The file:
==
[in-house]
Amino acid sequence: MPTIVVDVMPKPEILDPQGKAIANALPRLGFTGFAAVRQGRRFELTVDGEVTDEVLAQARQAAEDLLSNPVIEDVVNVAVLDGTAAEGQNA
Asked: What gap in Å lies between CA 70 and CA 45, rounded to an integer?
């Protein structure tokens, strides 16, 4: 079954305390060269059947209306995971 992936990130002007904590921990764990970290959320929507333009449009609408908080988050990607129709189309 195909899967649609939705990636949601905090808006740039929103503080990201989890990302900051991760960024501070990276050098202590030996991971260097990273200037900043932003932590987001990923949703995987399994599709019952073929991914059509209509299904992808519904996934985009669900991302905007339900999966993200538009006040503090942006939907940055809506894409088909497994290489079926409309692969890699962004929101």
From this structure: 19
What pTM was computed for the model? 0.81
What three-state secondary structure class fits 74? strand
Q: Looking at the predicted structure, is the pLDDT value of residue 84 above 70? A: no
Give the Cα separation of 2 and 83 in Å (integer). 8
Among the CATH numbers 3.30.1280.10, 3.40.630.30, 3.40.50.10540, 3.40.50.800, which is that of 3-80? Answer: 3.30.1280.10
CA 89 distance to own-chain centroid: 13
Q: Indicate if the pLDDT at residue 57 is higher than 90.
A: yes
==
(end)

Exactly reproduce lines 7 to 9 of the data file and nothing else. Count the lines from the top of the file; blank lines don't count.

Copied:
What three-state secondary structure class fits 74? strand
Q: Looking at the predicted structure, is the pLDDT value of residue 84 above 70? A: no
Give the Cα separation of 2 and 83 in Å (integer). 8